Research output per year

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Personal profile


Dr Adeola Adebisi is a Lecturer in the Department of Pharmacy, having joined the University of Huddersfield in as a postdoctoral research assistant in 2015.

Graduating from the University of Ibadan, Ibadan, Nigeria with a first class degree in Pharmacy, Adeola then obtained a distinction in her Master’s degree in Pharmaceutical Science at Aston University (Birmingham), in 2009. She was awarded a PhD by the University of Huddersfieldin 2014; Adeola’s PhD thesis was titled, “Design of gastro-retentive systems for the eradication of helicobacter-pylori infections in the treatment of peptic ulcer”, supervised by Professor Barbara Conway. 

Research Expertise and Interests

  • Targeted oral drug delivery systems with emphasis on gastroretentive drug delivery systems in the form of surface-modified or conjugated bead,
  • Microparticles and nanoparticles to enhance the gastro-retention of delivery systems
  • Modification of natural or synthetic polymers to enhance their gastroretentive properties
  • Particle engineering of poorly soluble drugs to enhance their solubility and stability profiles
  • Design of in vitro drug diffusion models
  • Assessing the pharmaceutical applications of natural polymers

Research Expertise and Interests

  • Pharmaceutical Development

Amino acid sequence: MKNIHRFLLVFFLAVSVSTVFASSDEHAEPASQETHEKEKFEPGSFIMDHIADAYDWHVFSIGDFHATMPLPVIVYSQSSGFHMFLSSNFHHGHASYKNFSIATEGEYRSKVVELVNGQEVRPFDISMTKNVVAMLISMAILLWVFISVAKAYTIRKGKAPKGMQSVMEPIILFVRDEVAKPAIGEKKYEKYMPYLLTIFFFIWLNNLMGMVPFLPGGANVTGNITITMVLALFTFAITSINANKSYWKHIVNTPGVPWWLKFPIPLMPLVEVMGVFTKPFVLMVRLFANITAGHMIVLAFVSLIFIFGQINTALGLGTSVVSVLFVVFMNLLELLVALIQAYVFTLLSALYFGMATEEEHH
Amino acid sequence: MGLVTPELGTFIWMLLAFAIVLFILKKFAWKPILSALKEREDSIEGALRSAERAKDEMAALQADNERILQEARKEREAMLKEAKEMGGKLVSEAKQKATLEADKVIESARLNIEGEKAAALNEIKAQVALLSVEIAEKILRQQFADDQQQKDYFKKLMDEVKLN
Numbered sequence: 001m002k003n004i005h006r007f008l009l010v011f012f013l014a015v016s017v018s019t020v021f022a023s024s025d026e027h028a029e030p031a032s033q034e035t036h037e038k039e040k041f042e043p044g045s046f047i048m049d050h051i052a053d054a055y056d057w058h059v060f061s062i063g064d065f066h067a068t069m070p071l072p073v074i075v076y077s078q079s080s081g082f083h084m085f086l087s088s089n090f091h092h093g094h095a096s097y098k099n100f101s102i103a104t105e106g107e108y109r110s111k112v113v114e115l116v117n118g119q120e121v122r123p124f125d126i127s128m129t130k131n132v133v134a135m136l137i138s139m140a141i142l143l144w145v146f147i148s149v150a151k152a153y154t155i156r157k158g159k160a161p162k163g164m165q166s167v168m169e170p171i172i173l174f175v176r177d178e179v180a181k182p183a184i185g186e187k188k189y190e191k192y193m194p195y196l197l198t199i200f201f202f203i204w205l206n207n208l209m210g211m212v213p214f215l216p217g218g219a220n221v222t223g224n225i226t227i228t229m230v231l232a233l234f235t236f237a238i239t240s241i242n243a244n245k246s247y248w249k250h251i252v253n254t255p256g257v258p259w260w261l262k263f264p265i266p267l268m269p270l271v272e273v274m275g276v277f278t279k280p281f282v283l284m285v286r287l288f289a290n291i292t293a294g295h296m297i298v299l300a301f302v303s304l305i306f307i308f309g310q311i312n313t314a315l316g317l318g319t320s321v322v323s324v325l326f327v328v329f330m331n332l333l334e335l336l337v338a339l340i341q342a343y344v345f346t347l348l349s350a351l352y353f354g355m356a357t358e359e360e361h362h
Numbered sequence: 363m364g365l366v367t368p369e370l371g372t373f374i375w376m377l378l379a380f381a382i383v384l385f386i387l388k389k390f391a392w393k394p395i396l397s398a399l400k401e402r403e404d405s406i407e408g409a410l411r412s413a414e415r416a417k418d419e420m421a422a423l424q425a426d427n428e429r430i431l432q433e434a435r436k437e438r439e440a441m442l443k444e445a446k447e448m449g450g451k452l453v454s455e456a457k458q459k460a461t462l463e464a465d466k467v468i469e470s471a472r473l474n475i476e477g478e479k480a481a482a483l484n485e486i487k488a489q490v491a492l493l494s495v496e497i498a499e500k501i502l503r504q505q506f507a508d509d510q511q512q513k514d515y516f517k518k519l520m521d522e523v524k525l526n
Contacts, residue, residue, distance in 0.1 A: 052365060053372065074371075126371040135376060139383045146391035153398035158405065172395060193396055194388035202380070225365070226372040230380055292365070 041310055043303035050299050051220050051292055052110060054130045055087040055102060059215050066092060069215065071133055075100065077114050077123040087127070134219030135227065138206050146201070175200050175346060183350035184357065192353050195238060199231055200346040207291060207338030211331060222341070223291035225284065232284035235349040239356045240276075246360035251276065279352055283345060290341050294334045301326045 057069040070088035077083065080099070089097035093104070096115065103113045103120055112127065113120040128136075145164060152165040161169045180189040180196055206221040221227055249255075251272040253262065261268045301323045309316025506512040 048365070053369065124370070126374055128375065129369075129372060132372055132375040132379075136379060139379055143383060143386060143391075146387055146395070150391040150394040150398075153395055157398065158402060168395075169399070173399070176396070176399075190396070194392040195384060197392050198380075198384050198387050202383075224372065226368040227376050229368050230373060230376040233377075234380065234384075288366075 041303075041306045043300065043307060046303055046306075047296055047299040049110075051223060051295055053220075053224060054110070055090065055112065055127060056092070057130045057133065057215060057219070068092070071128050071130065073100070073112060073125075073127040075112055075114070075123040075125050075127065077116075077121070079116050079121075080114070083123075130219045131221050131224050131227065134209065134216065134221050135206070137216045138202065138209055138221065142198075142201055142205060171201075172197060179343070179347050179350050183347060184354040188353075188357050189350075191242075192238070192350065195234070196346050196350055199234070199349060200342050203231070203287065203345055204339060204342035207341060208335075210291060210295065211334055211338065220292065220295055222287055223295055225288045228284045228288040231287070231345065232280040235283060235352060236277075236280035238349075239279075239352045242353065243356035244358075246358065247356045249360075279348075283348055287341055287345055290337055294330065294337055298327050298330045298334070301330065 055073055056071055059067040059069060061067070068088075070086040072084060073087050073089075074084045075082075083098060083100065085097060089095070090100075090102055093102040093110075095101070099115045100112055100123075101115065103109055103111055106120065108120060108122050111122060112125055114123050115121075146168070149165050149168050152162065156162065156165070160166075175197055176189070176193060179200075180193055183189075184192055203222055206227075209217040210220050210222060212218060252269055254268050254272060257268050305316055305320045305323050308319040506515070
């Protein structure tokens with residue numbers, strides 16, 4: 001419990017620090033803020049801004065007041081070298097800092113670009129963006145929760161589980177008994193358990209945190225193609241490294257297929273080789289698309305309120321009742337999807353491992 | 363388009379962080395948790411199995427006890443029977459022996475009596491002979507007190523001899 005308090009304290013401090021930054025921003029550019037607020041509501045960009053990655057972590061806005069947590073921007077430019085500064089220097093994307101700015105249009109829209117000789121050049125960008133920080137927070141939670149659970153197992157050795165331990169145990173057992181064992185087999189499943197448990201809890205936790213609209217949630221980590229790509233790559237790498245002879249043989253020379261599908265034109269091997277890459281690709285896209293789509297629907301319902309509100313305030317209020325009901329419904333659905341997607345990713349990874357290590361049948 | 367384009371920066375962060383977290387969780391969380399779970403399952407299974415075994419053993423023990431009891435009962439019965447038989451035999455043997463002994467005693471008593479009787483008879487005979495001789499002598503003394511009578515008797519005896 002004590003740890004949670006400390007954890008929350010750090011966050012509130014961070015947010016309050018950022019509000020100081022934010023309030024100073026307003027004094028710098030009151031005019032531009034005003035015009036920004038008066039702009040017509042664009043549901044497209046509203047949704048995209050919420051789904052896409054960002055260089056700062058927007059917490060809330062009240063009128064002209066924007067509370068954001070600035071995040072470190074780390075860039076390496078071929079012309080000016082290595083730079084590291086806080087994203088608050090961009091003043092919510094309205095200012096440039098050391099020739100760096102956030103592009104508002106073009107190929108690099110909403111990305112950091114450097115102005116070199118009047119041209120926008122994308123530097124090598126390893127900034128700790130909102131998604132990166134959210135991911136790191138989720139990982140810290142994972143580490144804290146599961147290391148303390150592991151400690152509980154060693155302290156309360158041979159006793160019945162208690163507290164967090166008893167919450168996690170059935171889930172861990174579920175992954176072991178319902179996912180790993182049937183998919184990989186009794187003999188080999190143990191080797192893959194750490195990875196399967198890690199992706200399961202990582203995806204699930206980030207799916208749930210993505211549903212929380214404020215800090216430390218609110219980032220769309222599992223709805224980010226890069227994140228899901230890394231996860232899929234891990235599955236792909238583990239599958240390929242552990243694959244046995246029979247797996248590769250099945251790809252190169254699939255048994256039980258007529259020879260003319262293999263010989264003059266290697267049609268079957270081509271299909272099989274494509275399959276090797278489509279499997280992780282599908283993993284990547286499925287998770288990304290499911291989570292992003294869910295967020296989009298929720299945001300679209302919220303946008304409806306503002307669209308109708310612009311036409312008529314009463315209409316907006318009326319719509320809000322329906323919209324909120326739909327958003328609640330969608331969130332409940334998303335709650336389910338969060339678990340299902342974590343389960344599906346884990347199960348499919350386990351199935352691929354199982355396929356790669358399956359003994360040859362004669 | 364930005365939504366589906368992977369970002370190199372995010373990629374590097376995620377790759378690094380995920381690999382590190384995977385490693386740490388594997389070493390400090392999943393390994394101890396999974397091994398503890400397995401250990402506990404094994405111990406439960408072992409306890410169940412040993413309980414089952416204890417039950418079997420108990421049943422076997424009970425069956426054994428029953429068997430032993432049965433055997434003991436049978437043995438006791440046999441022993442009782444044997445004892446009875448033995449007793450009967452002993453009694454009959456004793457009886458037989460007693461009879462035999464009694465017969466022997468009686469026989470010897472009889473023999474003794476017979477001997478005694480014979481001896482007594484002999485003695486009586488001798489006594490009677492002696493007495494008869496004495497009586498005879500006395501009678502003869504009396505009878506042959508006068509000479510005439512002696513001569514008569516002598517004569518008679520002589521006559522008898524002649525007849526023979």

• Pharmaceutics
  • Pharmaceutical Technology
  • Formulation Development of Pharmaceuticals
  • Pharmaceutical Formulation
  • Controlled Drug Delivery
  • Drug Formulation
  • Nanotechnology in Drug Delivery
  • Nanoparticles Drug Delivery
  • Targeted Drug Delivery
  • Pharmaceutical Research and Development
  • Drug Formulation Development
  • Nano Drug Delivery
  • Dissolution
  • Encapsulation
  • Chitosan
  • Microencapsulation
  • Controlled Release
  • Peptic Ulcer
  • Microspheres
  • Alginate
  • Microparticles
  • Floating Drug Delivery
  • Drug Release

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Research Output

  • The use of visible and UV dissolution imaging for the assessment of propranolol hydrochloride in liquisolid compacts of Sesamum radiatum gum

    Ward, A., Walton, K., Stoycheva, S., Wallis, M., Adebisi, A., Nep, E., Ngwuluka, N., Shaboun, S., Smith, A., Conway, B. & Asare-Addo, K., 1 Apr 2020, In : Journal of Drug Delivery Science and Technology. 56, A, 8 p., 101511.

    Research output: Contribution to journalArticle

  • Effect of preparation method on the surface properties and UV imaging of indomethacin solid dispersions

    Asare-Addo, K., Totea, A-M., Mawla, N., Walton, K., Taheri, S., Ward, A., Adebisi, A., Al Shafiee, M., Timmins, P. & Conway, B., 1 Apr 2019, In : European Journal of Pharmaceutics and Biopharmaceutics. 137, p. 148-163 16 p.

    Research output: Contribution to journalArticle

    Open Access
  • 4 Citations (Scopus)
    Open Access
  • Direct imaging of the dissolution of salt forms of a carboxylic acid drug

    Asare-Addo, K., Walton, K., Ward, A., Totea, A-M., Taheri, S., Al Shafiee, M., Mawla, N., Bondi, A., Evans, W., Adebisi, A., Conway, B. & Timmins, P., 15 Nov 2018, In : International Journal of Pharmaceutics. 551, 1-2, p. 290-299 10 p.

    Research output: Contribution to journalArticle

    Open Access
  • 7 Citations (Scopus)